Phil Tyler, USA

If you think the northerners like a drink you should try Scotland. Now, where is that bottle?
Aaron, Edinburgh, UK

You're socially ostracised if you're not drinking

Miranda, England
Having had to quit alcohol for medical reasons it was most interesting to watch and observe the staggering dependency that we all have on alcohol. You're socially ostracised if you're not drinking, particularly in our universities, where the emphasis on drinking almost makes it an obligation. Alcohol is a drug, it alters your state of mind and completely changes your behaviour. The dependency on it here in England is tremendous and something must be done to try and reduce the high status that society has awarded to it.
Miranda, England

As a foreigner, I always thought that British people drink more than necessary and sometimes drink just for the sake of drinking. But the pressures of life are just too much for some people to handle plus the fact that there is a cultural element into getting together in small, cosy places to interact socially (i.e. pubs). But do not despair, other nations have other more annoying habits.
Pantelis K, UK

I'm 17, and most of my friends drink themselves silly at weekends at parties at friends' houses. They don't do it because they like it, but because it is seen as a sign of maturity. This must change.
James, UK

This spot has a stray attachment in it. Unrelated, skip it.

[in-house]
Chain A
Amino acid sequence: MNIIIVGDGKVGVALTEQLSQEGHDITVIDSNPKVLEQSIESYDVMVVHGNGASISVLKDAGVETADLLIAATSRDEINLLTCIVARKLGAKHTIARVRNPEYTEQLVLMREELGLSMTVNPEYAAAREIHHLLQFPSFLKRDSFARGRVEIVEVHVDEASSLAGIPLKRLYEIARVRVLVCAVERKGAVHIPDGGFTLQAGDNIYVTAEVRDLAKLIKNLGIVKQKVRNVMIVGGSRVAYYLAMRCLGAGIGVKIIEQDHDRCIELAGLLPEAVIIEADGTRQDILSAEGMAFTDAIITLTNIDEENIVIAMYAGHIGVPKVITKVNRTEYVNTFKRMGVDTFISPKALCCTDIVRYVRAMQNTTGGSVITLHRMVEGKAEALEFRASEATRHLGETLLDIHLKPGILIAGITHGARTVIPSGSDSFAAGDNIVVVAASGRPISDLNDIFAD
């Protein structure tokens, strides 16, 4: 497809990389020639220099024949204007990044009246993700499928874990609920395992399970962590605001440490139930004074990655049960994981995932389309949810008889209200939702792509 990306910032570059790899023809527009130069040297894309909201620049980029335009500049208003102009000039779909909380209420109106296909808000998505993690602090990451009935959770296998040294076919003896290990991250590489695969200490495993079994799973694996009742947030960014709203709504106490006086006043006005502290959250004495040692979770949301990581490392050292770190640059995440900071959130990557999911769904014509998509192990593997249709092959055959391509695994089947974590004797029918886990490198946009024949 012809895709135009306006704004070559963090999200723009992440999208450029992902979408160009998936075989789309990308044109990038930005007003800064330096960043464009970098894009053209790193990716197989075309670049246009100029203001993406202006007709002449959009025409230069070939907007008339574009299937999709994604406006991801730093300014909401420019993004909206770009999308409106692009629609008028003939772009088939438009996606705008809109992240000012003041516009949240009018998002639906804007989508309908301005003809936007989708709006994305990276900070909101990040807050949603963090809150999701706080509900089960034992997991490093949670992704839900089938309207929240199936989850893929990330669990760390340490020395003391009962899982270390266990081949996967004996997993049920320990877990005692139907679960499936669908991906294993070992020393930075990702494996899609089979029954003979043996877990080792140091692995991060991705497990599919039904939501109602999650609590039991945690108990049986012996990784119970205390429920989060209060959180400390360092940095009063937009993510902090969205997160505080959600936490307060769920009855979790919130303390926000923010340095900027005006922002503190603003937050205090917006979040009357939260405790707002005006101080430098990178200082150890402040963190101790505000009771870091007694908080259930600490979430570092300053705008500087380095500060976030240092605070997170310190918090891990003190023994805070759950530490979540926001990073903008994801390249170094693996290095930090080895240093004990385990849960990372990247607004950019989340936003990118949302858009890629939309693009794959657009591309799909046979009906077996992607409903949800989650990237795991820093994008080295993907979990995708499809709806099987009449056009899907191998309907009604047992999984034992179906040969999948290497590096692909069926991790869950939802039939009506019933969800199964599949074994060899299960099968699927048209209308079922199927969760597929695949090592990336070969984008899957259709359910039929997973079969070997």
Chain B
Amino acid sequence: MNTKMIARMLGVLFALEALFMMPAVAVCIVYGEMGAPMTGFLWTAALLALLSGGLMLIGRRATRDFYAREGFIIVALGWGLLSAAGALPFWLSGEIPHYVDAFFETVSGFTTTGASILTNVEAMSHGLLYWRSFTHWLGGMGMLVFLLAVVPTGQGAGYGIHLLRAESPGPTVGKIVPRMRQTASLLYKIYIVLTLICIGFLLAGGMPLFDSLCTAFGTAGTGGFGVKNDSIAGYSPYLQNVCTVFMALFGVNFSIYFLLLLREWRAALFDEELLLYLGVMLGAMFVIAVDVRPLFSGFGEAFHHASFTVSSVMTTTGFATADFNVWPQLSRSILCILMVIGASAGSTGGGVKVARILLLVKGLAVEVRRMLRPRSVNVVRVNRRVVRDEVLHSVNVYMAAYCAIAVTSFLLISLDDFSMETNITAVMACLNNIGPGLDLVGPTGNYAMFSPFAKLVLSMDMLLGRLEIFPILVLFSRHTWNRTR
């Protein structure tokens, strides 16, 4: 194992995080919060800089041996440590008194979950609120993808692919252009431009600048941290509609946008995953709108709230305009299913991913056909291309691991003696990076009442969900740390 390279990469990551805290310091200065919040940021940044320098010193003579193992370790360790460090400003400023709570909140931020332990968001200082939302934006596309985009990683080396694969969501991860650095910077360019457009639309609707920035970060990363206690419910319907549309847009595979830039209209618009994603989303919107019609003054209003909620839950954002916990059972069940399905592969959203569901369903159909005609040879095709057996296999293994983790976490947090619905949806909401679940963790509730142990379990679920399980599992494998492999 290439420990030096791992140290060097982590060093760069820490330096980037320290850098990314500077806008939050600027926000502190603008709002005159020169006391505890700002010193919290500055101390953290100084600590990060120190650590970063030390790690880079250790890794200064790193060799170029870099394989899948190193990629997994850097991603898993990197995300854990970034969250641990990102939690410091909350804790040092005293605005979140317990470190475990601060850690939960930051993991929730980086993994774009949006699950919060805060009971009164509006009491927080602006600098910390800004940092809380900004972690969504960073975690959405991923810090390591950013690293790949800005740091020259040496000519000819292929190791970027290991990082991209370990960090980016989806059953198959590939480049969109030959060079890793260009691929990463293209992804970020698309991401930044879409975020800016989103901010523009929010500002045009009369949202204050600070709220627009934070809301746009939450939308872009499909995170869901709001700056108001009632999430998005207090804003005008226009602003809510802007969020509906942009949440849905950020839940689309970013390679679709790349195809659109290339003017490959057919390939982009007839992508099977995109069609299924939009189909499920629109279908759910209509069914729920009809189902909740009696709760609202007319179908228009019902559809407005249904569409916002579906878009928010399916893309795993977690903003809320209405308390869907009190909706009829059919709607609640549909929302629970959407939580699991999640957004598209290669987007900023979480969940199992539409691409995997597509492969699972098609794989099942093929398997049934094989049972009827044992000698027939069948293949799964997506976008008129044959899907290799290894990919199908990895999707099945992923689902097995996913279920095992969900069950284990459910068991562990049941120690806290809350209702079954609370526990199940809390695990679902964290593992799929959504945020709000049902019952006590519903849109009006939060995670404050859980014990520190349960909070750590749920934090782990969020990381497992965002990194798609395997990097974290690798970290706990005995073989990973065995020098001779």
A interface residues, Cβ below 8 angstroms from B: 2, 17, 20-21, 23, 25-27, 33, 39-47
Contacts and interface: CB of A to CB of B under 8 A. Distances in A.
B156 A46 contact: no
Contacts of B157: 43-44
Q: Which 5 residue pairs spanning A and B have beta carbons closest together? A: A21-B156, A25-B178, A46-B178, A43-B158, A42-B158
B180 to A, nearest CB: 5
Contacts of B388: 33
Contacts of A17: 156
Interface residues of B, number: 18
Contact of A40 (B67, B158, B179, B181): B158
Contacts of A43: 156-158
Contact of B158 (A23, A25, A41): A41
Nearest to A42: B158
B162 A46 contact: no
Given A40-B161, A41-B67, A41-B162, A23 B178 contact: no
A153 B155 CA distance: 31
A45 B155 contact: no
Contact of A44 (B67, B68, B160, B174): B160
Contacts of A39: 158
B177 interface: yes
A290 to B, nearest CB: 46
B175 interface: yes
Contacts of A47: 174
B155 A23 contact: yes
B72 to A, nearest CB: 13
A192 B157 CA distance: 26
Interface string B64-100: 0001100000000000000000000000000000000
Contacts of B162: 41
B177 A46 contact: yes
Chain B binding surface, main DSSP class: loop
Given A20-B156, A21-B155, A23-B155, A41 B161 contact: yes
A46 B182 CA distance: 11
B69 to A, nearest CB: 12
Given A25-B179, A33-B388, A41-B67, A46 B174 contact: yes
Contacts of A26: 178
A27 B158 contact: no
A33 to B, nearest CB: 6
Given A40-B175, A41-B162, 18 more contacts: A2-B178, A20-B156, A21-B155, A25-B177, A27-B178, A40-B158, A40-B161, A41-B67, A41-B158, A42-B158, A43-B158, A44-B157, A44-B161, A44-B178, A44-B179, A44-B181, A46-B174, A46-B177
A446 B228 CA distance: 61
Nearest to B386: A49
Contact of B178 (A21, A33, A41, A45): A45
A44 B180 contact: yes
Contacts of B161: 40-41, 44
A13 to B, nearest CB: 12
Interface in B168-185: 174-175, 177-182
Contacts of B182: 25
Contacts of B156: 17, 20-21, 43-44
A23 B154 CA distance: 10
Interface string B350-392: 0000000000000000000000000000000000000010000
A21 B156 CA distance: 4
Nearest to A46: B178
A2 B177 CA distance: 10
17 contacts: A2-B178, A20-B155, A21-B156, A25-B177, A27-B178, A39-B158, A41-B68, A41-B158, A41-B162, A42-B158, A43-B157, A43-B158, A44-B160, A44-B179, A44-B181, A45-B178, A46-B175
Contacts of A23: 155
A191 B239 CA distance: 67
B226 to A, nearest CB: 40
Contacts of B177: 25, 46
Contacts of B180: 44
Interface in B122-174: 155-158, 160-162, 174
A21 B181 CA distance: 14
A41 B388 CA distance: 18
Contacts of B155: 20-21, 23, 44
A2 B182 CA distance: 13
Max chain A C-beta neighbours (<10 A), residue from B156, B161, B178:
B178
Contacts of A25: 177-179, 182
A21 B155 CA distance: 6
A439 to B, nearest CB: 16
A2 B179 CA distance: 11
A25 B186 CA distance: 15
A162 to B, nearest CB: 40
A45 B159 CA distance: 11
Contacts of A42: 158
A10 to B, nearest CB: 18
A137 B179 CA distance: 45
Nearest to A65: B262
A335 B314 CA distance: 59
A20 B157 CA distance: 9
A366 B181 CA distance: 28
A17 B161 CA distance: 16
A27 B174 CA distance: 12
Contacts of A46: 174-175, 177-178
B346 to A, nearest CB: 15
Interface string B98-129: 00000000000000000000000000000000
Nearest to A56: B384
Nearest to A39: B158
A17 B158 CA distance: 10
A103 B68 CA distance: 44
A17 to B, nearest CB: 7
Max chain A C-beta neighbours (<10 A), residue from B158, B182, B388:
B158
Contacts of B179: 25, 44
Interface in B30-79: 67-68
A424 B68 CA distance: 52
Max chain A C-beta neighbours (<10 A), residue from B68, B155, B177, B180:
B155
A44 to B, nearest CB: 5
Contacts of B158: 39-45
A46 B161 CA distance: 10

Drinking to excess? No thanks. But drinking regularly with meals, why not? Perhaps if parents set a good example for their children then less young people would grow up thinking that alcohol has one purpose - to get us drunk. A small glass of wine with a meal, a taste of beer at a family party or even champagne on special occasions is surely the most responsible way to introduce young people to alcohol. Banning young people from drinking alcohol completely can only lead to them being intrigued by it.
Naomi, England

I think the statistics are being manipulated somewhat. Binge drinking is defined as two times the recommended daily limit, but this is four pints. Is four pints really a 'binge'? Or should we concentrate on warning the people who go out and drink themselves unconscious?
NS, England

As a member of CAMRA I am very fond of beer, but only because I enjoy the varieties of flavours on offer. I never drink to get drunk. What is putting enormous pressure on teenagers is the macho philosophy that says the only purpose of drinking is to get drunk. It is like stuffing yourself silly every time you have a meal. You are missing the pleasure that comes when you feel full and stop short of excess.